Ukraine and the US say pro-Russian rebels in eastern Ukraine are responsible for downing the Malaysian Airlines jet. But how strong is the evidence?
Kiev has laid the blame for the downing of the passenger plane squarely at the door of separatists in eastern Ukraine, and now the US ambassador to the UN has said the strike probably came “from a separatist-held location”.
Malaysia Airlines say they lost contact with flight MH17 at 5.15pm local time (2.15pm GMT) on Thursday. It crashed near the village of Torez.
Images of wreckage from the plane began to surface within hours.
Ukrainian sources quickly said rebels had blown up the Boeing 777 with a missile while it was flying at 33,000ft.
Images, video footage and telephone recordings quickly began to surface on the internet, with much of the material alleging that pro-Russian rebels brought the plane down with a Russian-made SA11 Buk surface-to-air missile.
Separatists have denied responsibility for shooting down the jet, and the veracity of much of the material is disputed.
On 29 June images surfaced on Russian websites purporting to show Russian separatists from the self-proclaimed Donetsk People’s Republic looting Buk missile systems and other military hardware from a Ukrainian army base near Donetsk.
The posts contain quite a lot of detail, including the number of the base – A1402. The separatists’ claims were reported by Russia’s Itar-Tass news agency.
The Ukrainian government has since denied that any of its Buk missile systems have ever fallen in to the hands of rebels, but it did not issue a denial on 29 June.
The Interpreter magazine reported the story last week but suggested that it may have been misinformation planted by pro-Russian media to cover the supply of Buk rockets from the Russian Federation.
Dr Igor Sutyagin from the Royal United Services Institute told us he believes the pictures of rebels seizing the equipment to be genuine, but added: “The key question is whether that hardware was operational or not – ie had the Ukrainians damaged the key components of missiles and radars or not.”
On 14 July separatists claimed responsibility for shooting down a Ukrainian Antonov-26 turboprop transport plane near the Russian border. All the passengers managed to bail out.
The plane was reportedly flying at 21,000ft – out of range of the portable surface-to-air missiles previously used by the rebels to shoot down helicopters and other aircraft.
Ukraine Defence Minister Valeriy Heletey said a rocket capable of hitting a plane at that height probably came from Russian territory.
A Ukrainian Sukhoi Su-25 fighter was also downed on 16 July. Kiev accused a Russian jet of taking the plane out with an air-to-air missile. Separatists claimed responsibility for strikes on two Sukhoi-25s.
A post on a feed attributed to separatist paramilitary leader Igor Strelkov – also known as Igor Girkin – appeared on the Russian social media site VKontakte about half an hour after the crash.
The full text reads: “In the area of Torez, we have just shot down an AN-26 airplane. It is scattered about somewhere by the Progress coal mine. We warned them – don’t fly in our sky.
“Here is a video confirmation of the latest bird drop. The bird fell beyond the slag heap. It did not damage the residential area. Civilians were not hurt. There is also information about a second downed airplane, apparently an SU.”
The feed is a well-established source of dispatches from the rebels and is frequently quoted in local media.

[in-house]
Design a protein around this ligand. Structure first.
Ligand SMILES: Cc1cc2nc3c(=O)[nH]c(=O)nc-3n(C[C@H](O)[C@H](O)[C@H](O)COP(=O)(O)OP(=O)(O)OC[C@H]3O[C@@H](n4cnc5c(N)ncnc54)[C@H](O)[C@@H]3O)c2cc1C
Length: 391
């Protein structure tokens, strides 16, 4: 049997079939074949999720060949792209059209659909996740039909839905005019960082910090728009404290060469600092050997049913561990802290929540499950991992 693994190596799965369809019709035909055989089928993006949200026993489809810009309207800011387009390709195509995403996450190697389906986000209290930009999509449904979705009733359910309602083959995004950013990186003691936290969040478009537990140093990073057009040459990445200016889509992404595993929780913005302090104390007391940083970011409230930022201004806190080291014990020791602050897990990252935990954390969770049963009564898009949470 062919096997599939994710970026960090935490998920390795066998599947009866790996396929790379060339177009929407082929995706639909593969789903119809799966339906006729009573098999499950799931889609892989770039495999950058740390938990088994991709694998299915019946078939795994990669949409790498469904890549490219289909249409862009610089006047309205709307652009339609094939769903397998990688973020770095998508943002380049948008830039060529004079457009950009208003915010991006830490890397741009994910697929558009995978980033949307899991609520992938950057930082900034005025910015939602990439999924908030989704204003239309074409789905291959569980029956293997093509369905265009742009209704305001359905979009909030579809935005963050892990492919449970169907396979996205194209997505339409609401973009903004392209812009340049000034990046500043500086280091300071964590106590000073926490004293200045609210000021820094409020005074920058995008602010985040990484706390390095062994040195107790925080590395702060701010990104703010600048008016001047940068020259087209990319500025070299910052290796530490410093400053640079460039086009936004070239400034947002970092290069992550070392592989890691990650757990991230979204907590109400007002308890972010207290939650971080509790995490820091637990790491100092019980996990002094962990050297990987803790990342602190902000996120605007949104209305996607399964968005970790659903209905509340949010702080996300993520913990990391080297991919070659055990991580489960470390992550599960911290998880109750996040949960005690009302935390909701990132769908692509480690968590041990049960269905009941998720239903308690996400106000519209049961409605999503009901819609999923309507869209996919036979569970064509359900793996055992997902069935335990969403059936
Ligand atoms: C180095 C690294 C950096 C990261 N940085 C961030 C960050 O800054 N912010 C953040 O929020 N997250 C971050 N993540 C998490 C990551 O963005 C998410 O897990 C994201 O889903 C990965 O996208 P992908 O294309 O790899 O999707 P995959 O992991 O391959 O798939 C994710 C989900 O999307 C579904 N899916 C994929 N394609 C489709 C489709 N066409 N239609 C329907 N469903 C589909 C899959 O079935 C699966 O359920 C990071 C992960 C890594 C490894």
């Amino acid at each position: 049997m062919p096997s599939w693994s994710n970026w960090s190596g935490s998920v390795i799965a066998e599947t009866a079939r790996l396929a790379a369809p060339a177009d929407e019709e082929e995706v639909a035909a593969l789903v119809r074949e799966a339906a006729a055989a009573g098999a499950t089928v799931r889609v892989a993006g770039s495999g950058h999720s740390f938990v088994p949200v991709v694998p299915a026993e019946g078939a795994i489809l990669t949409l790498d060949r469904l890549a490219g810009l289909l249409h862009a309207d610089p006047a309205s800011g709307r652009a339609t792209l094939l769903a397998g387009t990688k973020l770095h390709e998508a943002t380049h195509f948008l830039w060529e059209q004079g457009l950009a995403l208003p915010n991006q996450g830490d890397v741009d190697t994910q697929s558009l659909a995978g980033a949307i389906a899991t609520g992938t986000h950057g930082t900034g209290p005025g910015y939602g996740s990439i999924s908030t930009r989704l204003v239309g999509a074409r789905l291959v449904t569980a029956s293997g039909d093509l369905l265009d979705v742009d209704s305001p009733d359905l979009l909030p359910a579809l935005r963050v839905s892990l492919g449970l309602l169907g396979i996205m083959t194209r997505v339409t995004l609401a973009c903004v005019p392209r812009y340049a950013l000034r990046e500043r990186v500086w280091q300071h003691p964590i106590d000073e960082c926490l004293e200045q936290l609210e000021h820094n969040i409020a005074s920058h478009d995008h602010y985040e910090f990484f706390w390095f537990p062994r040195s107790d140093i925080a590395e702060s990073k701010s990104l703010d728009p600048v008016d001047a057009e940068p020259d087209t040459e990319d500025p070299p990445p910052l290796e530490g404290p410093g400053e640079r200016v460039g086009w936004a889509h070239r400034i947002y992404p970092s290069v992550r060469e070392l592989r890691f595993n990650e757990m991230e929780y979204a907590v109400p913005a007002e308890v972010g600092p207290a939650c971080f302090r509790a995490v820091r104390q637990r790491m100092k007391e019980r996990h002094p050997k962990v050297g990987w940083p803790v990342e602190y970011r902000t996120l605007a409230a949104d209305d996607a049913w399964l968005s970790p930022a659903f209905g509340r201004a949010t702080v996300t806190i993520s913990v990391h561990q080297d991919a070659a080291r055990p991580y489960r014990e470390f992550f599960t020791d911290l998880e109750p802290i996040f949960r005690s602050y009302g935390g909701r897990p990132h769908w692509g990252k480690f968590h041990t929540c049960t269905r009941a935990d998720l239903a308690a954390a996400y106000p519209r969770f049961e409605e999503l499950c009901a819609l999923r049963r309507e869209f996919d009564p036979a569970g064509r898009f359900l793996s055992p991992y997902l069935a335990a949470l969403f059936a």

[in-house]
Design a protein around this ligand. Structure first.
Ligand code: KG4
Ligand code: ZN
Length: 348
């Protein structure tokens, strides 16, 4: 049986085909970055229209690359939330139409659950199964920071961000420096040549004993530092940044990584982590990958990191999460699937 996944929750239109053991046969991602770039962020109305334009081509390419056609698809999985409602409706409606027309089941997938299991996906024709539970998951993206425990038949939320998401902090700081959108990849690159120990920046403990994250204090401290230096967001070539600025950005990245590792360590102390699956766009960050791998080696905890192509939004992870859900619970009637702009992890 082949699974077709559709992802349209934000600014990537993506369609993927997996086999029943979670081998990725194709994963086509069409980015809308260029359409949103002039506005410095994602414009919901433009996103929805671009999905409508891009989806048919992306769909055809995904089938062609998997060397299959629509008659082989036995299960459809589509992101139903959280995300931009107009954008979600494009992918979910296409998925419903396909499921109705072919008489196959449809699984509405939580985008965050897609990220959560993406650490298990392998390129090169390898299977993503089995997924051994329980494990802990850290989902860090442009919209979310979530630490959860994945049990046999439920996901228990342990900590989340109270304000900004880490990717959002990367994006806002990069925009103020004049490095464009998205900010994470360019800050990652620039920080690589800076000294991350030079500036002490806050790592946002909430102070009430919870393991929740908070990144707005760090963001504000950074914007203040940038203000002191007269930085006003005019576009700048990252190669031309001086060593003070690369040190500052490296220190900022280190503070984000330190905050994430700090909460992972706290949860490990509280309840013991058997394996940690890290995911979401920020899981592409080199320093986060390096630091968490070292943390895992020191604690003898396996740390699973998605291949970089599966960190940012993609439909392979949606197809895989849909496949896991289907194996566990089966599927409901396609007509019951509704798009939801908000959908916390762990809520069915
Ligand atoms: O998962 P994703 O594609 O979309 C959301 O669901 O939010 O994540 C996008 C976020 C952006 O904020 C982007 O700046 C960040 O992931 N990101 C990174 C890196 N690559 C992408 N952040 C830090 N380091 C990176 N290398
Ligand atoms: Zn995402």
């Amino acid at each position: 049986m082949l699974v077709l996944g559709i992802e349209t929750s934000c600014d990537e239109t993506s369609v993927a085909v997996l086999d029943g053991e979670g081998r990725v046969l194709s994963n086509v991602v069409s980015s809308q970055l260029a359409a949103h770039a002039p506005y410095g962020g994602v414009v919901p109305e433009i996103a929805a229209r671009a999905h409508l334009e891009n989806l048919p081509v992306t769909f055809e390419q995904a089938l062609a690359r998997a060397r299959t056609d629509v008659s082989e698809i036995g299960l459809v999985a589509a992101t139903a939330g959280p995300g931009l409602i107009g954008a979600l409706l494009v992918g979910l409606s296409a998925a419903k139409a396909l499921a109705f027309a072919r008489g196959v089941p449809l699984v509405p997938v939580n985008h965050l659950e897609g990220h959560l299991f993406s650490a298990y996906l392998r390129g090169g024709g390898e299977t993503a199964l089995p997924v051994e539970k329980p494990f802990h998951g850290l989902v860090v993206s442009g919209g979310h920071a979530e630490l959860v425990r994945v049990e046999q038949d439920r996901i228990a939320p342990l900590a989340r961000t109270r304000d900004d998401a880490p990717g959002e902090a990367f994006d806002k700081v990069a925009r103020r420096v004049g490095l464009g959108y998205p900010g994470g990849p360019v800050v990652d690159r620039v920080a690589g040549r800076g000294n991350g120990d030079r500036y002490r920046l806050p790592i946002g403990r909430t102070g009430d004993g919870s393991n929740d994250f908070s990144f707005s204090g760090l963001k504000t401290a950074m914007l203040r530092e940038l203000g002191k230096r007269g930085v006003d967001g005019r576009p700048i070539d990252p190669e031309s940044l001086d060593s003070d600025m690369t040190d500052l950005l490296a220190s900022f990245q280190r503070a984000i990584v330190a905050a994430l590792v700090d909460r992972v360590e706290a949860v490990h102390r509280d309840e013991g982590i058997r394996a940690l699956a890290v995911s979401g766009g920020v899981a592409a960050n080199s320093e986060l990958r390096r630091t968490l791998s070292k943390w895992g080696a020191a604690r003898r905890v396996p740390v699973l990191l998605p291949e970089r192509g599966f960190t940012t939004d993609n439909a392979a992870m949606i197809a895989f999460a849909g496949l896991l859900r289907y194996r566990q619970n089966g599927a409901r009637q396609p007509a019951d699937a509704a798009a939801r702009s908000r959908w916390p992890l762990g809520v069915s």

The “bird drop” post was subsequently taken down, but not before it was referenced by several news outlets. A Russian TV news station broadcast the claim that rebels had shot down an Antonov-26.
The pro-government Russian news site Vzglyad.ru quoted a local source giving similar information to that contained in the Strelkov post, before adding that pro-Russian militia had specifically claimed to have shot down a transport plane using a Buk rocket.
A number of recordings purporting to be conversations between rebels and Russian military officers in the immediate aftermath of the crash have been released after the calls were apparently intercepted by the Ukrainian Security Service.
The authenticity of the conversations cannot be independently verified.
The recordings name several personnel as being among the speakers: a well-known rebel leader called Igor Bezler, a Cossack leader called Nikolay Kozitsyn and Vasili Geranin, a man alleged to be a Russian intelligence officer. Other speakers are referred to by nicknames.
The voice of the man said to be Bezler can be compared to recordings of the rebel leader’s voice are widely available online.
If the recordings are genuine, they suggest the rebels were indeed responsible for downing the passenger jet, although it is clear that they did not realise they were targeting a civilian aircraft.
A number of photographs and videos posted online purport to show a Buk vehicle being deployed in eastern Ukraine before and after the crash.
This short video appears to show a Buk vehicle driving from Torez to the nearby village of Snizhne before the crash. The timing cannot be verified but the area has been geolocated.
Stills posted online seem to show a Buk travelling in convoy in the same area.
Another, even shorter, video is said to show a missile carrier being driven towards the Russian border on the back of a lorry on Friday.
Dr Sutyagin told us both videos appear to be genuine, although there is no way of checking when the footage was taken.
Of the second video, he says: “Yes, that is the Buk launcher (loaded onto lorry) with just two missiles (instead of the full complement of four).”
On Friday the Kiev Post quoted Ukraine’s interior minister, Arsen Avakov, as saying: “We think this is the very Buk system which shot at the civilian plane flying from Amsterdam to Kuala Lumpur.”